Airplanes Stall on Every Flight

There’s a fair amount of concern not only among student pilots, but all ranks of pilots about avoiding stalls during flight. But as the headline points out, the airplane does stall on every flight, it must. For those who are new to aviation, an airplane stall is not the engine quitting… it is the wing no longer producing enough lift to support the weight of the airplane because it has exceeded the Critical Angle of Attack.

Stalls sound like a bad thing in pretty much every context. But what if we found a place in the flight environment where it was good, in fact, needed? During our private training we went up with the flight instructor and practiced stalls. Maybe the first couple felt like we were falling out of the sky. Maybe we felt a little roller coaster feeling in our stomachs and that made us uncomfortable.

Little did we know at the time we were learning multiple crucial skills. Most importantly how to recognize, avoid, and recover from a stall. But secretly how to execute a very important procedure that happens on every flight, because remember… “airplanes stall on every flight”. Let’s think about the procedures for the Power Off stall: Power idle, flaps full, try to hold altitude by pulling back on the yoke. Does this seem familiar? Can we think of a time when we have done this on every flight? *whispers* “Airplanes stall on every flight”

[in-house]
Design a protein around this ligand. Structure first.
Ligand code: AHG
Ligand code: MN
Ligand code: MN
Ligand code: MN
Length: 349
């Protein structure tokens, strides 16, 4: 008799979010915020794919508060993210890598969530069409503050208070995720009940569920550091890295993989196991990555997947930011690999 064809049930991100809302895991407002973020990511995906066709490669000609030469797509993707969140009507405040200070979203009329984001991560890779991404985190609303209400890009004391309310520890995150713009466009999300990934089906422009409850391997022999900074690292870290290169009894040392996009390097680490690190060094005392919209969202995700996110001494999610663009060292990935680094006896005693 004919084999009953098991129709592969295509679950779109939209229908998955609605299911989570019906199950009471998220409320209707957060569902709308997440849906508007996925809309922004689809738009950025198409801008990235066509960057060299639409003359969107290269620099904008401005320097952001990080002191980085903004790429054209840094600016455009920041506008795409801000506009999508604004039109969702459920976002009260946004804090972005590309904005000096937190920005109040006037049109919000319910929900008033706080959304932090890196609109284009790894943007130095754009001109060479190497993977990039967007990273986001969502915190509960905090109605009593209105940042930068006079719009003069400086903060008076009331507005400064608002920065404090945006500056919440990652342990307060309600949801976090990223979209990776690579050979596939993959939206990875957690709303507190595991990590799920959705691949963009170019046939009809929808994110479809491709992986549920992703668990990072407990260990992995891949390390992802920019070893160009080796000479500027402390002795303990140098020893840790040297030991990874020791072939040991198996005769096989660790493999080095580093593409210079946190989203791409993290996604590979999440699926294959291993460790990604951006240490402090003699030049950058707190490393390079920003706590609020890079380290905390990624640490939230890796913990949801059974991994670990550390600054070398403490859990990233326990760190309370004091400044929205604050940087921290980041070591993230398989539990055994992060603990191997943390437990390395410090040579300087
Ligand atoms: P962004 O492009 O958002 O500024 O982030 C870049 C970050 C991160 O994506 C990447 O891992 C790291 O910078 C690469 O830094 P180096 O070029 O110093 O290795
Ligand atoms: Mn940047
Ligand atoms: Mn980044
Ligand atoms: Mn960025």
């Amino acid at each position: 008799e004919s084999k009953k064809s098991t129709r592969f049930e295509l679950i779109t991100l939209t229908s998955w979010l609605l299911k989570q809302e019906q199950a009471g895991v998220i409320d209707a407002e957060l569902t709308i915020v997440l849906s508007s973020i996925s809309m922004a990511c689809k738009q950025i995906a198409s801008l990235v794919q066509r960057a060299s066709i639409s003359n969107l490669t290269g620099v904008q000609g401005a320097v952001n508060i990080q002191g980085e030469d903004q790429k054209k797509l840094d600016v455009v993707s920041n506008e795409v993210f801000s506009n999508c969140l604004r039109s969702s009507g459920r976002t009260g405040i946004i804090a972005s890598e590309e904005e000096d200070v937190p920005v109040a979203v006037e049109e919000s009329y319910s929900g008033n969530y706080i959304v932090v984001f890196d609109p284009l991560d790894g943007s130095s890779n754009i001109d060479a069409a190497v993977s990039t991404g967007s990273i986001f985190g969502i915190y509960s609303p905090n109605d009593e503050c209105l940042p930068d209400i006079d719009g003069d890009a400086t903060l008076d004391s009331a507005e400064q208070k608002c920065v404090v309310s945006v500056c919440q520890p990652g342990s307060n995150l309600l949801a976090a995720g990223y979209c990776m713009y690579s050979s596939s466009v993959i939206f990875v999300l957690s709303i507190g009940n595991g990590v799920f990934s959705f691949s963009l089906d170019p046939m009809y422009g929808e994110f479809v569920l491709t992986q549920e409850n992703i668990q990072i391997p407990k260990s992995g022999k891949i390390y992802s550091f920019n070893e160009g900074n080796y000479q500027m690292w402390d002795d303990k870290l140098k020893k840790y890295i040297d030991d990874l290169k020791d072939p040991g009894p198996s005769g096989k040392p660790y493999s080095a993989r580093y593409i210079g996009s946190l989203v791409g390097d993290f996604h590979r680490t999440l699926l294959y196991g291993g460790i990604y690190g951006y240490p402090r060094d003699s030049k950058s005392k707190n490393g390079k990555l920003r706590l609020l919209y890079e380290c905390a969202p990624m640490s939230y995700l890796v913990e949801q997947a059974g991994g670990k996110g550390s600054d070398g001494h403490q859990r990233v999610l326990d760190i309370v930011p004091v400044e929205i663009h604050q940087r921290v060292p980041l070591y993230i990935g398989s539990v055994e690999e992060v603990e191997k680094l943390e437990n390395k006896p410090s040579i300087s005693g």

How about… landing. Abeam touchpoint point, power idle, flaps down, turn base… final… over the runway… start pulling back (Round out), hold altitude about 2 inches above runway by pulling back on yoke/stick (Flare). *STALL HORN* Wheels touch! If the airplane stalls from 2 inches, it’s going to roll very gently on to the runway. Passengers will be impressed, other pilots will cheer, maybe they’ll even buy the first round of beers! And all because you harnessed the truths that not only does the airplane stall on every flight, but that it’s up to the pilot to make that stall happen at a very specific time, mainly 2 inches above the runway… on centerline preferably, but that’s a topic for another time.

Meanwhile, here’s a video with a brief introduction to stalls.